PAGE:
From double outrigger sailboats for fishing, to artisanal gold mining, traditional Sasak weddings and ancient rural villages, there’s more to Lombok than waterfalls and beach resorts.
Staying in the area for a while, we were able to delve a little deeper into daily life and get to learn about the culture of Lombok’s south-western province of Sekotong.
The first community we came across was full of busy people. Every house had a tumbling device (some modern, some Heath Robinson-style) and all filled with rocks. The contraptions provided a soundscape of churning tumblers. which reverberated around the village, creating a kind of tinkling, clanking symphony.
The women cracked small stones while adding water to the tumbling drums. We wondered if it was a kind of cement?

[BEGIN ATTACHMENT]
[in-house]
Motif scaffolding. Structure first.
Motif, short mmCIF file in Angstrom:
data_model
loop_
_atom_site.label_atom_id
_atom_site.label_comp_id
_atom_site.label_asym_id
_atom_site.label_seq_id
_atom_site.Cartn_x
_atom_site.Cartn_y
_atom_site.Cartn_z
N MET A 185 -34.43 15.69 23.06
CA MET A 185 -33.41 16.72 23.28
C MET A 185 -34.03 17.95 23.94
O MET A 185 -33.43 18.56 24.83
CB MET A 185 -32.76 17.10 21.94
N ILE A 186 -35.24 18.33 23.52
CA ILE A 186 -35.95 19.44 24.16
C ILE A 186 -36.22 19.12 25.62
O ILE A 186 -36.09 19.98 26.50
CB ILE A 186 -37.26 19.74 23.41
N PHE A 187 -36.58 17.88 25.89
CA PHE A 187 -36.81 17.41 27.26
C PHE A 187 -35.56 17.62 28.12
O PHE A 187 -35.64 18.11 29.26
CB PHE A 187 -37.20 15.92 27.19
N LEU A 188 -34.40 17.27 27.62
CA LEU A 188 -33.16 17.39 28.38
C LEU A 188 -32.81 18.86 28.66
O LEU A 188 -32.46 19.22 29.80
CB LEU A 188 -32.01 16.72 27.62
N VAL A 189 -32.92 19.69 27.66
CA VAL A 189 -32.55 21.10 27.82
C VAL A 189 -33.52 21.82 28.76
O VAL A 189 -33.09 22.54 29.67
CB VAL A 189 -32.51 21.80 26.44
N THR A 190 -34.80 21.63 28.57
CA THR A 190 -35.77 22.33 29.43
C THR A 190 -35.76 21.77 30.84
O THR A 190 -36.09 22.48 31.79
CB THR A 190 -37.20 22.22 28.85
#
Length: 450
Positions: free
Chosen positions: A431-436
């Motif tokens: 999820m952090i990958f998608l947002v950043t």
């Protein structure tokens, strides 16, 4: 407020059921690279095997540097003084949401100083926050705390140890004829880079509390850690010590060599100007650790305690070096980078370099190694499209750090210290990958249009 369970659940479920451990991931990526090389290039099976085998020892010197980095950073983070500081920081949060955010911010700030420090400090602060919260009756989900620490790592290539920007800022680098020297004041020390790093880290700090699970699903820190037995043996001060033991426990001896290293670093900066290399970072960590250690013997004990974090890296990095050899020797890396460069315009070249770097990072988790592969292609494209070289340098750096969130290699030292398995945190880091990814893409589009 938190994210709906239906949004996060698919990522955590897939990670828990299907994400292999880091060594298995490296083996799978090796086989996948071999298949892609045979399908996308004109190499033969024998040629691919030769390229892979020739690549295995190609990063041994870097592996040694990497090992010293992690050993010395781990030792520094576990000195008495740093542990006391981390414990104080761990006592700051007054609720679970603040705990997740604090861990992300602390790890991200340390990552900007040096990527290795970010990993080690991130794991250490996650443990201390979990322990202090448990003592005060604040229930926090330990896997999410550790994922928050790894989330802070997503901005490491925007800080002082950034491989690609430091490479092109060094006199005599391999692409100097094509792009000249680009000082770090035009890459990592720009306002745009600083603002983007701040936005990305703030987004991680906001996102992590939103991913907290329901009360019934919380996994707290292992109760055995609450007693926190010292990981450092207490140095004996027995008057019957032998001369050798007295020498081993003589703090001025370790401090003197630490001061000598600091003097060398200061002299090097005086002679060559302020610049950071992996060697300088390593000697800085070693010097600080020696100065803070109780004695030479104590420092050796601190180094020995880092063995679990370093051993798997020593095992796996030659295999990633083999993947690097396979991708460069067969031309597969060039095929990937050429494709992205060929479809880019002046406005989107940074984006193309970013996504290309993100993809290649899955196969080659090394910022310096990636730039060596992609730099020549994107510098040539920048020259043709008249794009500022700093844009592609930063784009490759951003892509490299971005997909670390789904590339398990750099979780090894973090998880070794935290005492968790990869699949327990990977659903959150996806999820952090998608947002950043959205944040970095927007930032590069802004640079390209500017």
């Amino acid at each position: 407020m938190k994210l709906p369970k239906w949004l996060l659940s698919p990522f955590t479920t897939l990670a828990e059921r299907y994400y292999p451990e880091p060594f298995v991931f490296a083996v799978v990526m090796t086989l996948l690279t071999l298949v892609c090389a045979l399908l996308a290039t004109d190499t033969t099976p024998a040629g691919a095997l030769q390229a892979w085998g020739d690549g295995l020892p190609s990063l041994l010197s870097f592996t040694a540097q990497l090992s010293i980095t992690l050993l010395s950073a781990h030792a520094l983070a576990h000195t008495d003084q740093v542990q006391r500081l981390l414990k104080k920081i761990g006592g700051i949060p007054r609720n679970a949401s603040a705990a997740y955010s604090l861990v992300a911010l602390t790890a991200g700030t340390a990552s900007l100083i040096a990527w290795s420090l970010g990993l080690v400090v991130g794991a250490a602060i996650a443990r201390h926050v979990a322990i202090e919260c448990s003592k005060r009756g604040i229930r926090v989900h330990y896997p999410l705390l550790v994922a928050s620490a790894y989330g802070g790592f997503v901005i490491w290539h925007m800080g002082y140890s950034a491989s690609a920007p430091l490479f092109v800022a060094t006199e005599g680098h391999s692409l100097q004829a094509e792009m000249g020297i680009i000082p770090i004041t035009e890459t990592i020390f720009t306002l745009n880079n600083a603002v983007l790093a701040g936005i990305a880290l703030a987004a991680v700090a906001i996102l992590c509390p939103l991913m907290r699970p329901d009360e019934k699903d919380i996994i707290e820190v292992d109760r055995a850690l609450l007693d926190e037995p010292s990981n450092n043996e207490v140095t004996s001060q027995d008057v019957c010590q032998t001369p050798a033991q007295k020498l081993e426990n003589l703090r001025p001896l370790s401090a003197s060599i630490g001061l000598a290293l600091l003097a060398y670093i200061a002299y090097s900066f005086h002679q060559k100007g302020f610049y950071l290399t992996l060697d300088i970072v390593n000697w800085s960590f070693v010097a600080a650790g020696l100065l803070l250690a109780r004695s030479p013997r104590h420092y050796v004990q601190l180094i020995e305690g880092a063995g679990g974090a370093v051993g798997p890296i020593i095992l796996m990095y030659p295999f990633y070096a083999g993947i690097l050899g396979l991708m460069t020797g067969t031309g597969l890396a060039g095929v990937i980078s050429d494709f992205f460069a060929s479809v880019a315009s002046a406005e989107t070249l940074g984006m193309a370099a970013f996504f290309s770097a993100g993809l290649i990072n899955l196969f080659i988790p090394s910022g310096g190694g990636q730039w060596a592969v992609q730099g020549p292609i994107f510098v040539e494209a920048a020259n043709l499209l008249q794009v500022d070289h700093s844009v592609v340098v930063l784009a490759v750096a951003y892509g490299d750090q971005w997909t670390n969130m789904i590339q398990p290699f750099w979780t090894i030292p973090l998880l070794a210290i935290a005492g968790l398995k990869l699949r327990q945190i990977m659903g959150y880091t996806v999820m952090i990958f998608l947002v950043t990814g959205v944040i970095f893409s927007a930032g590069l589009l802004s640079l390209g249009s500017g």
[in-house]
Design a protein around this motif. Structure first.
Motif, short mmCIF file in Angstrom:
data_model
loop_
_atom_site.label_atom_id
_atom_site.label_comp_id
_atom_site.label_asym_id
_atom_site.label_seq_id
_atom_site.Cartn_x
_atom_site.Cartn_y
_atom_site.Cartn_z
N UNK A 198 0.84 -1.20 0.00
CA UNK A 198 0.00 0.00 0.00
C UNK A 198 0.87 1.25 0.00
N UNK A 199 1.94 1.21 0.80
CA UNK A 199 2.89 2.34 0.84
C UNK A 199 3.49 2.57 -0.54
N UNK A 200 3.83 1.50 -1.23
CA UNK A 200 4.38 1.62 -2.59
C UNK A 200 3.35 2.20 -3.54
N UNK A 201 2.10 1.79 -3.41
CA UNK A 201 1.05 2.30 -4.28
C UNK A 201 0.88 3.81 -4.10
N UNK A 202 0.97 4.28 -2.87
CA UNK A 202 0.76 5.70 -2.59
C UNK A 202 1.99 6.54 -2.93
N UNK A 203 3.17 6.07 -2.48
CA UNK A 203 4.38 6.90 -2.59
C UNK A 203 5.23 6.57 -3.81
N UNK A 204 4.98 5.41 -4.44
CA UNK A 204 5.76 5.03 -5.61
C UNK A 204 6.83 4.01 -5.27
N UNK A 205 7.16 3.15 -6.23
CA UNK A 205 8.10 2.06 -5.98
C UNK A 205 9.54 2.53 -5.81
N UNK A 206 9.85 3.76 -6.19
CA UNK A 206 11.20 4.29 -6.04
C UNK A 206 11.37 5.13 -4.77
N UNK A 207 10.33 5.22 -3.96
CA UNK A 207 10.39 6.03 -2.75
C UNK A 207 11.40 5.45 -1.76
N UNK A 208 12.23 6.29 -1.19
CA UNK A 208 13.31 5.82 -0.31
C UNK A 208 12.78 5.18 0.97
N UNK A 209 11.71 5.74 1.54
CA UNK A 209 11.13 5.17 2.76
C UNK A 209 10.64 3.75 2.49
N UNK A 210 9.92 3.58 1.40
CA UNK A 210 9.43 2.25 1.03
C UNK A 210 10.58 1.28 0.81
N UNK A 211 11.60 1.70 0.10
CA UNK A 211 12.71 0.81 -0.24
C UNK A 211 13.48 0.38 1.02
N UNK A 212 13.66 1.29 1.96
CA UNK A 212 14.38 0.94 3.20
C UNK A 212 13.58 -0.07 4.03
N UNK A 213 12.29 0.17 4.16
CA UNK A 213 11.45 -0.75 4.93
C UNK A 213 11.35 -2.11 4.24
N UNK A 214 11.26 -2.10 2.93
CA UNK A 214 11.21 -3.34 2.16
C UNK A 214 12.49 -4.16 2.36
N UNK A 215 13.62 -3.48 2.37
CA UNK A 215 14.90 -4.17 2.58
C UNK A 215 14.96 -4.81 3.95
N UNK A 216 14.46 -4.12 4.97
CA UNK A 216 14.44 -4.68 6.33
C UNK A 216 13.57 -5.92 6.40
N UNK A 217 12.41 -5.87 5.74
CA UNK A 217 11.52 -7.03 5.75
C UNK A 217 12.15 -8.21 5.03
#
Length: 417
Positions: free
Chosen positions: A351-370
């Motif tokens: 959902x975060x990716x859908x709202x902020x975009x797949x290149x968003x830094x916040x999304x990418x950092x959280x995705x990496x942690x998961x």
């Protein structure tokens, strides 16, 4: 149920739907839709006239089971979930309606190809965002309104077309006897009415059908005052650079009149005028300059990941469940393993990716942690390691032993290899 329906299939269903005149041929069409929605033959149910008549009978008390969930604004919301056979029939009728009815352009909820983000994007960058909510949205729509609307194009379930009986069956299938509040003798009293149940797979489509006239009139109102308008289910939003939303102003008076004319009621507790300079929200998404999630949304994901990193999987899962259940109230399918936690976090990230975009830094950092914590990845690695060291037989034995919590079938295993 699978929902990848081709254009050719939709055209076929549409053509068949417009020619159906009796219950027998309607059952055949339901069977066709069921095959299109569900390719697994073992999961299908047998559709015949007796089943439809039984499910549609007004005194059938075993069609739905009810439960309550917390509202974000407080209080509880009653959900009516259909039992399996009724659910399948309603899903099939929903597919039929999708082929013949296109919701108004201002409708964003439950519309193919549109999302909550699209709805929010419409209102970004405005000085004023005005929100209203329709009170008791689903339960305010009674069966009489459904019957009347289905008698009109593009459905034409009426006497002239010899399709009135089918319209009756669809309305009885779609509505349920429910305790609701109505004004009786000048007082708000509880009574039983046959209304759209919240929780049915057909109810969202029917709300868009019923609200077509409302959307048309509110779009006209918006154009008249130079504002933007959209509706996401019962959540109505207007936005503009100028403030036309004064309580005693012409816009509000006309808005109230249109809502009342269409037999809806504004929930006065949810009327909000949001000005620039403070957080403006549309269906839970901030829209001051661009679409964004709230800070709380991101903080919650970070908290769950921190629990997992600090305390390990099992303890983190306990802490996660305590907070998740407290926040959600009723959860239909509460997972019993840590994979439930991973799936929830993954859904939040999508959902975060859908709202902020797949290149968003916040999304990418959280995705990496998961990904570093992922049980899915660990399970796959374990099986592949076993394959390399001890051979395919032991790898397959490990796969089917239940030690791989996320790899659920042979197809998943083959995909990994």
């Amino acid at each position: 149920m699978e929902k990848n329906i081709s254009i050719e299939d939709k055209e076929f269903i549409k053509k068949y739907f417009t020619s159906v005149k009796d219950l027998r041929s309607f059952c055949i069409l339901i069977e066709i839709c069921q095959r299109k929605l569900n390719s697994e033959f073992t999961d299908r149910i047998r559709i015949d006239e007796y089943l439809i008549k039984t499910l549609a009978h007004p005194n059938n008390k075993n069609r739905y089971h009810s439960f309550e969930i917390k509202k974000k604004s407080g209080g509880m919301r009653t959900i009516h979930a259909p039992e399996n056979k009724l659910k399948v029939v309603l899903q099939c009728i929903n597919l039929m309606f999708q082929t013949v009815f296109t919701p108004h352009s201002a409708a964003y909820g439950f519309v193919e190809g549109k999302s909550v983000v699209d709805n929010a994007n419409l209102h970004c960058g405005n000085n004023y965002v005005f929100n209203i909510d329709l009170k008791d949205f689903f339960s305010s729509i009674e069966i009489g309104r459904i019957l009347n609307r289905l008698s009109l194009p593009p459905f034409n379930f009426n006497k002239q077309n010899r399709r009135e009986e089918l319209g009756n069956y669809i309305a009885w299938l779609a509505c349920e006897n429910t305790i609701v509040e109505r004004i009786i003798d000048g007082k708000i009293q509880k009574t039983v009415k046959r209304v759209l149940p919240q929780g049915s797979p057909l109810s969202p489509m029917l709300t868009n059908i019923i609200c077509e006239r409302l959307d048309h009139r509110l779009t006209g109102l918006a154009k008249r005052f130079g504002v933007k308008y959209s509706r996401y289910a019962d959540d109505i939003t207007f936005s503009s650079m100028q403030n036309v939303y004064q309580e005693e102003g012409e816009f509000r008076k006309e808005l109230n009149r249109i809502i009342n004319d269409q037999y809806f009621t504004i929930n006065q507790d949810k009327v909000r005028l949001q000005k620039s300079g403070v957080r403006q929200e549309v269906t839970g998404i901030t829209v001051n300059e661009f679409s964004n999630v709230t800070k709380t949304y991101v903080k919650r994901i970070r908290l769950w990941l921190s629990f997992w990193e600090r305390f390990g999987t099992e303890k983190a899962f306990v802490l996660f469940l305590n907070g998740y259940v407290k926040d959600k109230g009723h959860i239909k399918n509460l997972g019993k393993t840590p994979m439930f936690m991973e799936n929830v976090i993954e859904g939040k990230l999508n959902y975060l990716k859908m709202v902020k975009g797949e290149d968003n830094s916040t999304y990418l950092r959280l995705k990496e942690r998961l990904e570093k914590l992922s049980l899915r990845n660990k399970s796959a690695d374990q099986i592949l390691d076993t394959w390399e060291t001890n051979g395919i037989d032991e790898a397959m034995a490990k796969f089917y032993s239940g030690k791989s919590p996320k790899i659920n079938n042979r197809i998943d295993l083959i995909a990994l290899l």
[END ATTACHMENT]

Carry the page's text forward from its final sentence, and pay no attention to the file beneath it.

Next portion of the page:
It turns out this is a gold mining village, with mines dotting the hillsides around Sekotong. Most villages have makeshift machines used to extract gold from sediment. Constantly churning, breaking up the rocks to reveal solid gold specks in the sediment, workers add mercury inside the machines to help extract the gold. It’s cheap, and it’s easy. But it’s not good for their health.
Watch the video to find out more about why gold mining here is so dangerous.
Peace and fair winds!
Liz and Jamie xx
Check out the video to find out more about Sasak life (and why they build their roofs so low)!
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